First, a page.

Cultivation Notes on Maihueniopsis Speg.

Maihueniopsis molfinoi
Maihueniopsis molfinoi

About the genus

Maihueniopsis are a small genus of mound-forming opuntias predominantly from Chile and Argentina with the range extending just into Bolivia. They occupy a wide range of habitats from low-lying arid steppe and desert areas up to high-altitude Andean valleys often growing in full sun on stony hillsides.

They vary in size from the small species such as M. minuta to the much larger mounds of some of the Chilean species which can be several feet in diameter. Spines vary in shape and length from the small and sometimes almost absent spines of M. mandragora to the impressive long flattened spines of M. platyacantha.

Their flowers are typical of opuntias and vary in colour from pale greenish-yellow through varying shades of yellow to rich, deep oranges depending on the species. The flowers are generally large and showy and are often produced in succession over a few weeks. 

Maihueniopsis darwinii
Maihueniopsis darwinii

How to grow them

Given the habitats from which Mainheniopsis originate, they are very tough plants and present few difficulties in cultivation. If kept dry in winter they are remarkably hardy and are ideal candidates for an unheated greenhouse or cold frame and the author keeps his entire collection in these conditions.

They grow well in a compost of 50% JI No.3 and 50% coarse grit. To this the Molar clay type cat litter can also be added to give a loose, open and very free draining mix. Although some species form large tap roots, over time they will grow well and look their best in wide shallow pans which suits their clumping nature. Like many clump-forming plants growth is slow to start with but this soon accelerates as each successive segment in turn produces more segments. Repot when they reach the edges of the pot. The usual caution needs to be applied when repotting opuntias as the spines are barbed and the small easily detachable clumps of glochids at their base are both barbed and an irritant.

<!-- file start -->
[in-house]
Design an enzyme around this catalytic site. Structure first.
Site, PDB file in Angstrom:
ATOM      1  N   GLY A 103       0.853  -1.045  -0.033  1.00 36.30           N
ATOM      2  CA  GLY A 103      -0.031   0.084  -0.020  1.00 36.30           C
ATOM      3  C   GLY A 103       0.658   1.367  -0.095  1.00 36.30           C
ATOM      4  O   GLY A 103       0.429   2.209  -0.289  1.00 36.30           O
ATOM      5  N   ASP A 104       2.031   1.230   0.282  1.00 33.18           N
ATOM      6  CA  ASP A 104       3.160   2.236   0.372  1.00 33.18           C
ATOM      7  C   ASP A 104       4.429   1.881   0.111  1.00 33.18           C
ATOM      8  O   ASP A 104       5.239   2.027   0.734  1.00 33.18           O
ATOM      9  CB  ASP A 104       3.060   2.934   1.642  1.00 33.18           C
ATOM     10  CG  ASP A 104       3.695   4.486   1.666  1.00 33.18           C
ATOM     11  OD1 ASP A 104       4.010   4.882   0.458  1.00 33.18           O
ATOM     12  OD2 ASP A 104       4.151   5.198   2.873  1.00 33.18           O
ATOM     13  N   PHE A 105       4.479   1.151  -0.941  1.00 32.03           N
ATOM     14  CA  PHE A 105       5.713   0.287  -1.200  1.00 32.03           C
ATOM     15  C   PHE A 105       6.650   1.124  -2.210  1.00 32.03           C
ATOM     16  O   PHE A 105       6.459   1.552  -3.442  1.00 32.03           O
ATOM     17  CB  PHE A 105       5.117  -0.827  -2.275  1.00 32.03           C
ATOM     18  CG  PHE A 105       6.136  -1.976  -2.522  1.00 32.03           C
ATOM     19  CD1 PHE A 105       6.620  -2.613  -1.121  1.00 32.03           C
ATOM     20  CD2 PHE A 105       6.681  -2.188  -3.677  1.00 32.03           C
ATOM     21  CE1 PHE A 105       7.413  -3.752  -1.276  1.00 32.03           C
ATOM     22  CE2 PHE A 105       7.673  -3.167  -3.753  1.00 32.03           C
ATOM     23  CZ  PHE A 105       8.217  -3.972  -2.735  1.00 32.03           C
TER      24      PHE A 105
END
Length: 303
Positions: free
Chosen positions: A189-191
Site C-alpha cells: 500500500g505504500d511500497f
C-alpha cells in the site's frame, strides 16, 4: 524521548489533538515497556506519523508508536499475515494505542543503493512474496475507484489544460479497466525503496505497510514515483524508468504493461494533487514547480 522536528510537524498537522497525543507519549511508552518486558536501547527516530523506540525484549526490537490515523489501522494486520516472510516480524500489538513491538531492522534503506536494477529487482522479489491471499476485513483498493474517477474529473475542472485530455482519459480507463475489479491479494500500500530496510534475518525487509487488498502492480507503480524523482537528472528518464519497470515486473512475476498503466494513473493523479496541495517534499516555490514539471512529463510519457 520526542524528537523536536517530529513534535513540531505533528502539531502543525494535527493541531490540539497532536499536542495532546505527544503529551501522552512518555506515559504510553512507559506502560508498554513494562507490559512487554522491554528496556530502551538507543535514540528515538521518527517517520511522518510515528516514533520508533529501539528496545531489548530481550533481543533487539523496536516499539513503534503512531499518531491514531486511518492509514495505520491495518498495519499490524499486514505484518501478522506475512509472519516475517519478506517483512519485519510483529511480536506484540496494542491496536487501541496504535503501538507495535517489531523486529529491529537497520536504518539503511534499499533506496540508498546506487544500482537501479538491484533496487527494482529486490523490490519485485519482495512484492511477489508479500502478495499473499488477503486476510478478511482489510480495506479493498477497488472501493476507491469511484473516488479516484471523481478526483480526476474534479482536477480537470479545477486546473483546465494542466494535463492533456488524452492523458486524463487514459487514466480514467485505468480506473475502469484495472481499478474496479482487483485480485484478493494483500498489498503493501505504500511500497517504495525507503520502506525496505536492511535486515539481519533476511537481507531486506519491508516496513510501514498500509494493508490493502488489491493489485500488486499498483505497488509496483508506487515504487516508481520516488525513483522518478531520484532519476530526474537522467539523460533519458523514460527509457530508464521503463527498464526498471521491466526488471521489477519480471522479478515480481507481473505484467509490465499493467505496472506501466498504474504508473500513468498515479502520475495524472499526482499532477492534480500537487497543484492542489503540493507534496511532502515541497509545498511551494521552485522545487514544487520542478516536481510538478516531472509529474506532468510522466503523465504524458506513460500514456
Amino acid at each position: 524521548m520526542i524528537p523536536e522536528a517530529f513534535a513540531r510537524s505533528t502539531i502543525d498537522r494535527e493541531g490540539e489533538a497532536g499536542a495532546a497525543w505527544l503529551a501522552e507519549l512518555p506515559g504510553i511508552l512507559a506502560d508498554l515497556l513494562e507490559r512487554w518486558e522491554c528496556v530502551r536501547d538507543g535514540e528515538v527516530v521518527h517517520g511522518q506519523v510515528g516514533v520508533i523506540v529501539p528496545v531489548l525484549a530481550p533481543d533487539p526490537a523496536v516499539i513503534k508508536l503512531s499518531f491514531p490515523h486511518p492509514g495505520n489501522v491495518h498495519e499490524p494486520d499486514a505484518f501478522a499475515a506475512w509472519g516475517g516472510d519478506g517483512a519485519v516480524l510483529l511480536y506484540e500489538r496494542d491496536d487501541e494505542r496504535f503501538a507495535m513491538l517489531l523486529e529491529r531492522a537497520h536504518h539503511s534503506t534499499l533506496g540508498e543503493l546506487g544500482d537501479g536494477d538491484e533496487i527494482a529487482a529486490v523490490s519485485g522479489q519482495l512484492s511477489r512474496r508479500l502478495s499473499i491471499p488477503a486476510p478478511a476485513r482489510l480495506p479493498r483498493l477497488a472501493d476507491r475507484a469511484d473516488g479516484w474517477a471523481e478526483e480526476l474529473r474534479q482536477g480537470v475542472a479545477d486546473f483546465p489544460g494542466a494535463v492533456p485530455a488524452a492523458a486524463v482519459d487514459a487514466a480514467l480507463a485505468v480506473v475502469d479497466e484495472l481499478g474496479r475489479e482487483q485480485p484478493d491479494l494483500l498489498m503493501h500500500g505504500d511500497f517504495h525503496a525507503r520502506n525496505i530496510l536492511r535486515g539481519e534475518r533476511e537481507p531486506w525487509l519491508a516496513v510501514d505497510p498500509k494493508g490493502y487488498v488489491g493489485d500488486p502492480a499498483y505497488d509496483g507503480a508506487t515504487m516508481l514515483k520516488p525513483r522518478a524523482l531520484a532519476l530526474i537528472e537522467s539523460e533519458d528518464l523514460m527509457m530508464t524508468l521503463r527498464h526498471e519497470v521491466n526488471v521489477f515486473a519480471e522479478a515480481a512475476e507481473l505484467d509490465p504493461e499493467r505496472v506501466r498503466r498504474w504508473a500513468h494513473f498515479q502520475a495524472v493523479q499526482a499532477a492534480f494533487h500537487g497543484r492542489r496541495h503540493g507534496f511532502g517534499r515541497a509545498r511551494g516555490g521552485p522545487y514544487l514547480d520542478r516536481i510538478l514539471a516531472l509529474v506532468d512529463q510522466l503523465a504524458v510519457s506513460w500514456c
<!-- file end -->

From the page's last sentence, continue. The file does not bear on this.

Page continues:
Some of the species such as M. mandragora and M. minuta, will flower well in a 4 or 5in (10 or 13cm) pot whilst others need to be a little larger to perform well. A cold dry winter rest seems to stimulate good flowering.

Maihueniopsis hickenii
Maihueniopsis hickenii

If grown in an unheated greenhouse in the UK, watering can commence in mid-April and then continue until early September when the plants should be allowed to dry out and enter a winter resting state. The author only feeds his plants a couple of times a year with a low nitrogen fertiliser.

Propagation is easiest from segments detached and rooted in the same mix as for the adult plants. It is possible to raise them from seed if it can be obtained but like many opuntias germination is patchy and early growth is both slow and atypical of adult appearance.

The species most likely to be encountered in cultivation are the Argentinian ones: M. darwinii, M. glomerata, M. hickenii, M. mandragora, M. minuta, M. ovata and M. platyacantha. The Chilean species will require a little more hunting around to source plants as they are not so widely grown.

Text and photos by Mike Partridge

No part of this article may be reproduced without permission. Copyright BCSS and the Author 2023

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